Field exercises in the mountains phase lasted five days. Missions typically lasted a day each and consisted of platoon level tasks involving ambushes and raids.

“It is absolutely the phase where you learn what being a Ranger really is,” Woods said. “It’s the ability to lead soldiers when you and they are at their absolute worst, tired, hungry, cold and in the most miserable of conditions, and still accomplish the mission.”

Then after mountains, Woods was off to phase three, known to cadets as “Florida.”

This puts the cadets right outside Eglin Air Force Base located in Okaloosa county, Fla.

“It’s also known as the jungle and swamp phase because there’s a lot of swamps,” Woods said. “We were coming in from helicopters and jumping from planes.”

While there, he and other soldiers continued their platoon tactics and missions that again involved ambushes and raids, but field exercises in Florida lasted 10 days with missions typically being one day each.

Woods has also received training in airborne and air assault. He was stationed at Saint Cyr for six months in Brittany, France where he became fluent in Portuguese and French.

Woods trained with the 13th Regiment of the French Foreign Legion learning desert warfare at Djibouti, Africa near Ethiopia and Somalia. He was there about 40 days. He then went to Cadet Leader Training at Camp Casey, South Korea which is about 40 miles north of Seoul and 12 miles from the Demilitarized Zone or DMZ.

It may not come as a surprise to learn that Woods’ father was in the Army and was a veteran of the Gulf War. When asked if his father helped guide the direction he took in life, Woods explained how his father, a member of the 82nd Airborne Division and paratrooper in the Gulf War, was and still is a huge influence to him.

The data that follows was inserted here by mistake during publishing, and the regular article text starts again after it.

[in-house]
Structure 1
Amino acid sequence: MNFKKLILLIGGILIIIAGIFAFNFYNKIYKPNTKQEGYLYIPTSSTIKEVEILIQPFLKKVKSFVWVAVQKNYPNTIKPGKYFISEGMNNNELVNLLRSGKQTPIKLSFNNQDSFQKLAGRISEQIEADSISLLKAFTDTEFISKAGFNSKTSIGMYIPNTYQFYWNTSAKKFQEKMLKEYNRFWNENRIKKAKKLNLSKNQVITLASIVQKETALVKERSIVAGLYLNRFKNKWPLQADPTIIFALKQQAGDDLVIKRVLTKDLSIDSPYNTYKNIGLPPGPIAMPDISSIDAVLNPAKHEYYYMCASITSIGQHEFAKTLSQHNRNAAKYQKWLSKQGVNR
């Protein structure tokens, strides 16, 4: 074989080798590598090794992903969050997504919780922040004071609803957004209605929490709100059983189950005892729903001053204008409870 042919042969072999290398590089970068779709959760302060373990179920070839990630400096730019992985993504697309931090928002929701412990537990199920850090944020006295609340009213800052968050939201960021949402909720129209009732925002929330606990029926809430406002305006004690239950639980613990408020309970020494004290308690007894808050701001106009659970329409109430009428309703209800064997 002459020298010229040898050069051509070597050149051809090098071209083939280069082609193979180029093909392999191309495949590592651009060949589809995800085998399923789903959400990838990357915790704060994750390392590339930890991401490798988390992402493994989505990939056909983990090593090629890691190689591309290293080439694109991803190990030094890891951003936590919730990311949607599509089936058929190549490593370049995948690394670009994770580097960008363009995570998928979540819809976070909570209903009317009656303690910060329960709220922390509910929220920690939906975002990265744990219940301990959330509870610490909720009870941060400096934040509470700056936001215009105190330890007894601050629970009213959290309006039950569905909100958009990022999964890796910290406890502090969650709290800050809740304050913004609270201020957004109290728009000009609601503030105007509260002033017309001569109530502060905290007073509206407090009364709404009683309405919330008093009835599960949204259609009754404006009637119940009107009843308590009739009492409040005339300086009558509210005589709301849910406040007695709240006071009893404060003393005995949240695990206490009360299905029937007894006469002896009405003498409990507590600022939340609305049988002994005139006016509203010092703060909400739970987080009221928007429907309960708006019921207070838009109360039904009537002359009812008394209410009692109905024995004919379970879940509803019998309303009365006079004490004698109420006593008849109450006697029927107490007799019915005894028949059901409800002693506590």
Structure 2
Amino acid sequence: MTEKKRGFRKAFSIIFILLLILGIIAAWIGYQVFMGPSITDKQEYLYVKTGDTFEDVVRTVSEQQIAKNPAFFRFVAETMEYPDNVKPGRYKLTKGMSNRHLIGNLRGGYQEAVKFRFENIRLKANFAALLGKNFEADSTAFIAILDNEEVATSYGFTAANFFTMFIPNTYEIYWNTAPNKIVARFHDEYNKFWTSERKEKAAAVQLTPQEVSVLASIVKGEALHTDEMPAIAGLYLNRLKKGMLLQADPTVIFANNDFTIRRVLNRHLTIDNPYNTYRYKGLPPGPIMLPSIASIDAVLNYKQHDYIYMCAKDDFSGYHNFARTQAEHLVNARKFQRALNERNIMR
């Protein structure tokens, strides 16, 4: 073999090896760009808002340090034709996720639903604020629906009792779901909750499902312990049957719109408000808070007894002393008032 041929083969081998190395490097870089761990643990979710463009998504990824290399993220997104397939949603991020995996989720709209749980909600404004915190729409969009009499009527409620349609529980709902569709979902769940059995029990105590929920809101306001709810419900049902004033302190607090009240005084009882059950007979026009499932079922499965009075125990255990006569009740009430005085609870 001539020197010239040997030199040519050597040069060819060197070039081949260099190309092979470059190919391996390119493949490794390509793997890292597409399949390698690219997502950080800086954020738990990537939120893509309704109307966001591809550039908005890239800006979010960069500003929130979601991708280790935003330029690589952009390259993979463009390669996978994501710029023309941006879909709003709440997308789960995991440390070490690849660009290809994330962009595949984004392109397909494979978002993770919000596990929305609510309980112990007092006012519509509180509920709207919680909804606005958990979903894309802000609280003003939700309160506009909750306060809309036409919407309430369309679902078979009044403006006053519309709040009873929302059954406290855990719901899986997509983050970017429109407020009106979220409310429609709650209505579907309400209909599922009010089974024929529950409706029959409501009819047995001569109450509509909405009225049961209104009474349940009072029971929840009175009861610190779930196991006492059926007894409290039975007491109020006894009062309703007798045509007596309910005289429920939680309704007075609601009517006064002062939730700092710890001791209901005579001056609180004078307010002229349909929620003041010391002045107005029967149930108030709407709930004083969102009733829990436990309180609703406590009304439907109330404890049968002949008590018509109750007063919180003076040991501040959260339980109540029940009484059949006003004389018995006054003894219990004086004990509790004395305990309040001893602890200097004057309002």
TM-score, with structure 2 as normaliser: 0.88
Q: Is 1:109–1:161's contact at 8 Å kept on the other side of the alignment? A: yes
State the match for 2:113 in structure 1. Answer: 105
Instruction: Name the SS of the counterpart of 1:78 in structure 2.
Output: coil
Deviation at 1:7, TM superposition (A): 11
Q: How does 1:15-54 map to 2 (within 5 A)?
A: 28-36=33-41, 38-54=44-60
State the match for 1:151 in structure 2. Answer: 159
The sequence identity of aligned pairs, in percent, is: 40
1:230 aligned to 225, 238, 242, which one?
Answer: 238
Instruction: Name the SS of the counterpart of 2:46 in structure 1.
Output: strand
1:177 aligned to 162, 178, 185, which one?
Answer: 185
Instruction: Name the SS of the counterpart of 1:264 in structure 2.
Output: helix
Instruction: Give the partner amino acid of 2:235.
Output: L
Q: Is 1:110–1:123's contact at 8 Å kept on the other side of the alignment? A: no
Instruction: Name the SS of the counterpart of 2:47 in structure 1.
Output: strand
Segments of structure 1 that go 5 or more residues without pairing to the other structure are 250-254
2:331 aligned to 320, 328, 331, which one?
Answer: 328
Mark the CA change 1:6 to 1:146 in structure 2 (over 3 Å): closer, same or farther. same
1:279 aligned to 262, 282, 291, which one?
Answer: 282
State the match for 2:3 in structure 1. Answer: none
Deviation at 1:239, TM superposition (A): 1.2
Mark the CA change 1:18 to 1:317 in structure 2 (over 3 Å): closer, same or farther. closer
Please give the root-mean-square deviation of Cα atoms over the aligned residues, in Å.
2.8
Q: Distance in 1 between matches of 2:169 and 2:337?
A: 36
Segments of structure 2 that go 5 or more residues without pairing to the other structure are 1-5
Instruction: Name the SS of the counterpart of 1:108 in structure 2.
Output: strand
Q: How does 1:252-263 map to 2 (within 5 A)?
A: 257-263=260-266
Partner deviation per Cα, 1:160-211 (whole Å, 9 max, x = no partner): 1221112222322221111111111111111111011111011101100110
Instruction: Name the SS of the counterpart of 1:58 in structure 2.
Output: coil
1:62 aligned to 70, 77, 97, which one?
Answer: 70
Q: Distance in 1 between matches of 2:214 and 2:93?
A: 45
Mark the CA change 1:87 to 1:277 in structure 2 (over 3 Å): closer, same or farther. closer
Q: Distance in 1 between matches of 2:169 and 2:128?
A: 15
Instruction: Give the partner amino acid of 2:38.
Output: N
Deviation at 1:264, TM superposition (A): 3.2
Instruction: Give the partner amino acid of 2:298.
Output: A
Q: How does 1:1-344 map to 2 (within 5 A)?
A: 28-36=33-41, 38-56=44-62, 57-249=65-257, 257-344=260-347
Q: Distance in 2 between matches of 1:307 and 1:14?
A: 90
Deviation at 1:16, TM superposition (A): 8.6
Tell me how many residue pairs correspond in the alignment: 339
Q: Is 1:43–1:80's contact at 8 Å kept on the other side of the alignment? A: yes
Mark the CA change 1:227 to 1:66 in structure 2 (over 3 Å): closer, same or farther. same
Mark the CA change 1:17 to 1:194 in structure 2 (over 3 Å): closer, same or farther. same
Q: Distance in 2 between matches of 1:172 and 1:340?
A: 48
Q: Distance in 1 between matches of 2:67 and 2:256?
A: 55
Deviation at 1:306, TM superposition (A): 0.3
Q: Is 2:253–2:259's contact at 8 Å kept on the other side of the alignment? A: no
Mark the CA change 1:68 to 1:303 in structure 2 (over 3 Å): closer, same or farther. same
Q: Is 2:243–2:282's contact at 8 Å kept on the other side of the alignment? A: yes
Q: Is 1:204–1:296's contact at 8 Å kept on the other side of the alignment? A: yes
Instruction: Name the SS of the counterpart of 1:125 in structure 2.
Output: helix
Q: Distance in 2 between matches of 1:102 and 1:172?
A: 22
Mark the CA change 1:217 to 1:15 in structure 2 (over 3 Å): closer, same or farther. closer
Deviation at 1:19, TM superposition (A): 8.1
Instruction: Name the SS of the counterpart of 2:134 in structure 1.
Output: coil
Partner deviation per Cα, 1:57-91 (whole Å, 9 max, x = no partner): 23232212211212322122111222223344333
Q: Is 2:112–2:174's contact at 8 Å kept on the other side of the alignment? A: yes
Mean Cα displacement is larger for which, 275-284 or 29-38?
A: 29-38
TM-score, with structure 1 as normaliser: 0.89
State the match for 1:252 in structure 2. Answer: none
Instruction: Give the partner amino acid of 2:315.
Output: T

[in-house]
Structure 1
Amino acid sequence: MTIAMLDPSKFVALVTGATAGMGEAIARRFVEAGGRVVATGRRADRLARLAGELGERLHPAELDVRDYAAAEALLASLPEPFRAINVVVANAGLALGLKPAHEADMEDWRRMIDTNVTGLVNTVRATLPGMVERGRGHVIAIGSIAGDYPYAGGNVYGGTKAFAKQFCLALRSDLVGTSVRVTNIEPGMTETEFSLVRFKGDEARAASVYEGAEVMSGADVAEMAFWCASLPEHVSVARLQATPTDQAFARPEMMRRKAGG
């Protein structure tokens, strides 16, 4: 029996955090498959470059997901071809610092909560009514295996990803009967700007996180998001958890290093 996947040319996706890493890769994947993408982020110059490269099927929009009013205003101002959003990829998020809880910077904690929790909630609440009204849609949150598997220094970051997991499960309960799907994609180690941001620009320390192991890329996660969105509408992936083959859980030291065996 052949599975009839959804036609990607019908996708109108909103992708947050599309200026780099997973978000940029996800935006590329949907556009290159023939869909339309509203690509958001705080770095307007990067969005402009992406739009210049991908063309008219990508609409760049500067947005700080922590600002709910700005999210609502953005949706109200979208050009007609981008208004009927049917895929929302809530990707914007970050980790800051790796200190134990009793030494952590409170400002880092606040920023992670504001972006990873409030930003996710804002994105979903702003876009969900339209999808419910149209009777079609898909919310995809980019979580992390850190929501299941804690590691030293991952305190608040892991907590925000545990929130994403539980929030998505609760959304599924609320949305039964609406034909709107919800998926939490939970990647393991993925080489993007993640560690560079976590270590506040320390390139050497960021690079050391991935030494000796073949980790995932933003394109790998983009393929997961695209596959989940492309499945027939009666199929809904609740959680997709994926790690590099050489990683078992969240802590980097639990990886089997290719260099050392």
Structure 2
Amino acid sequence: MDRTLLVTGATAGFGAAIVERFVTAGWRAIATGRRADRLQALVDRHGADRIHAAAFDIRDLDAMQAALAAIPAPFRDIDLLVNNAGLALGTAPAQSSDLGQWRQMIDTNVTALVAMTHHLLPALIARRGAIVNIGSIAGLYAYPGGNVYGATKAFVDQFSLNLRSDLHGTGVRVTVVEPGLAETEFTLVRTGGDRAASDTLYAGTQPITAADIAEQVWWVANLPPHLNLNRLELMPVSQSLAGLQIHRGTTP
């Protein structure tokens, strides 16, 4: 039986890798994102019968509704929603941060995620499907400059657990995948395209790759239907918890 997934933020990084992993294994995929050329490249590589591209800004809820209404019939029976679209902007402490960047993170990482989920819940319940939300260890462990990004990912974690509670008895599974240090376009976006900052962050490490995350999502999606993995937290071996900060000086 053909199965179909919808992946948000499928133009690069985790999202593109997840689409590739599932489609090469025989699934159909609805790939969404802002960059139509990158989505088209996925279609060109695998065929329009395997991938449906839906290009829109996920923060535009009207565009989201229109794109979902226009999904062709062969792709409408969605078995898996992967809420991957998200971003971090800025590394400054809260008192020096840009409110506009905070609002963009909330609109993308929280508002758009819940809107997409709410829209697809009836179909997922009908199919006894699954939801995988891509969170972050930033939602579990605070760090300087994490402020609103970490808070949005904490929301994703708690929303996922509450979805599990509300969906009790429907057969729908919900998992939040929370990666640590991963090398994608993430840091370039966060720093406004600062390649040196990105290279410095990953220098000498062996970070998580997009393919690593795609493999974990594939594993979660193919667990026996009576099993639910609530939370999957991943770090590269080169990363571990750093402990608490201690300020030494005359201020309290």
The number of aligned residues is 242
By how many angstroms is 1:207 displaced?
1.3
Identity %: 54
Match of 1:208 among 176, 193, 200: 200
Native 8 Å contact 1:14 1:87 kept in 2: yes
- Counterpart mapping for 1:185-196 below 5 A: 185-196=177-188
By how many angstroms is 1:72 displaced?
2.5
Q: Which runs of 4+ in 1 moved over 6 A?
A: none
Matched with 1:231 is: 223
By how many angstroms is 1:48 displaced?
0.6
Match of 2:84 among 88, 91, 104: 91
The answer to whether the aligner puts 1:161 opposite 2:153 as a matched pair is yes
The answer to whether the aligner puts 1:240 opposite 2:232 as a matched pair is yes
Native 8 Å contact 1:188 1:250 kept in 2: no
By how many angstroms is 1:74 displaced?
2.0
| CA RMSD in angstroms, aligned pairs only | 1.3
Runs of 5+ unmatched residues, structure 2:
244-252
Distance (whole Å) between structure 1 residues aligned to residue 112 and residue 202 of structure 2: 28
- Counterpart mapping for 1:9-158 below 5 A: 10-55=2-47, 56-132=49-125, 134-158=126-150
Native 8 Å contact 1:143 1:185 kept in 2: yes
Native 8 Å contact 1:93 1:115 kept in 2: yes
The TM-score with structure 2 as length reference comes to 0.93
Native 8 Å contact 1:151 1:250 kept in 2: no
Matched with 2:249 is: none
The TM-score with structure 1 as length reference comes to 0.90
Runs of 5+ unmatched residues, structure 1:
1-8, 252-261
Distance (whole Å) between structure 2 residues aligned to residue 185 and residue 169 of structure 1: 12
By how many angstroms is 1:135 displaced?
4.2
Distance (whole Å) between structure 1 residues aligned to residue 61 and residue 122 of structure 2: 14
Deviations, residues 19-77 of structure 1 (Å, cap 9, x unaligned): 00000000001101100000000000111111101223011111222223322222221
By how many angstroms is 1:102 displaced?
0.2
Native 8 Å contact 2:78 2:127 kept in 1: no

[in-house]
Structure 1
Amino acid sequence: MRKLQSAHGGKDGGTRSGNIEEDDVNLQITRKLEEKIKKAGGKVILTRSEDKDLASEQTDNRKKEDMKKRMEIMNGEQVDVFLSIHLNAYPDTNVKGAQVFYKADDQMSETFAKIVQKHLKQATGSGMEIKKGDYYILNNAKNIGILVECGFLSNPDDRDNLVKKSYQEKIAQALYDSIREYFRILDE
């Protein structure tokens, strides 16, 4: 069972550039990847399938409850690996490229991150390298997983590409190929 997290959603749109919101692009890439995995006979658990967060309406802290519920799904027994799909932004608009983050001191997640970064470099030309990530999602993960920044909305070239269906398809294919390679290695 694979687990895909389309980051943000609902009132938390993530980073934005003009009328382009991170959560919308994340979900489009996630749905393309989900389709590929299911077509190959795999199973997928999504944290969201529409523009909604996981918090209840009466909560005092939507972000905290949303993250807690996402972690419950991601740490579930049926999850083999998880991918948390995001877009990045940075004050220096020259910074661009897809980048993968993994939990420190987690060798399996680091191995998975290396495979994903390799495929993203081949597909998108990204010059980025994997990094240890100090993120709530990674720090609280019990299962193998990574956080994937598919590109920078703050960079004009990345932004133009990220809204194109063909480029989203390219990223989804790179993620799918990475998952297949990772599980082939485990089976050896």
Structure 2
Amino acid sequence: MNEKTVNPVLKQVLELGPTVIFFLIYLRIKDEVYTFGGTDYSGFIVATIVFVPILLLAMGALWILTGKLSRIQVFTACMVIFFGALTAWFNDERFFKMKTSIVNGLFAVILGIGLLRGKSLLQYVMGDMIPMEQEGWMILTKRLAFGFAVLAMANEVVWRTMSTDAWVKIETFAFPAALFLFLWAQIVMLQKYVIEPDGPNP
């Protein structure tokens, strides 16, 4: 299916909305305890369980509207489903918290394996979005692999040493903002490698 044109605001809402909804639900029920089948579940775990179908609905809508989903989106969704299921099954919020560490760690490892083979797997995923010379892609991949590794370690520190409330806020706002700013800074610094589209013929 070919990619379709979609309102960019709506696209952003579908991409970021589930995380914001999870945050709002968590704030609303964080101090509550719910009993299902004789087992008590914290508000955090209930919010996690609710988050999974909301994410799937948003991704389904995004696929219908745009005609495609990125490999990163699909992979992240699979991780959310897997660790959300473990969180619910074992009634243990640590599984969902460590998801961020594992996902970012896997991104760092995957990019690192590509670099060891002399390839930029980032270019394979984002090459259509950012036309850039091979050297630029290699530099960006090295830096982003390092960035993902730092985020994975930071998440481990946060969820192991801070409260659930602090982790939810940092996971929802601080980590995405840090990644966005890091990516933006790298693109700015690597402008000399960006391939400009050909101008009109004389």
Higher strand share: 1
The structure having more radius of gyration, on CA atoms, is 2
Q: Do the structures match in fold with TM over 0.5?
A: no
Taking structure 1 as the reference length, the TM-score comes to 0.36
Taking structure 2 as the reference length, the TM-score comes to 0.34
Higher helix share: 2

“He instilled in me the dedication and discipline I needed to stay focused in school at a young age, and this carried on to how I live my life now,” said Woods. “When I was a child and would get in trouble, my father would punish me by making me read, type, or some sort of physical activity such as running, push-ups, or sit-ups. His form of punishment was always constructive and meaningful.”

Woods added that his father had been deployed to Saudi Arabia for Desert Shield and, while in Iraq for Desert Storm, was wounded in combat and honorably discharged.

What’s next for Woods’ already extensive military training and career?

He and only one other out of his platoon were selected to be stationed as 2nd brigade, 25th Infantry Division Schofield Barracks, Oahu, Hawaii.

After a short time in Hawaii, Woods is off to Japan to train with the Japanese Army.

When asked about advice to others, Woods said, ”Not meaning to sound cliche’, but my advice is to set a goal and attain it. If you want something as bad as you want to breathe, then you reach your goal. You need to want it that bad, ”
Woods went on. “You have to be willing to work harder and longer than all of your peers, while remaining morally and ethically sound. The minute you slack up, there is someone who is willing to go the distance that will take the place you were trying to achieve.”

He concluded, “Stay focused and let nothing distract you or detain you from reaching what you want to become.”

Currently, Woods is a Second Lieutenant and will be promoted to First Lieutenant this November.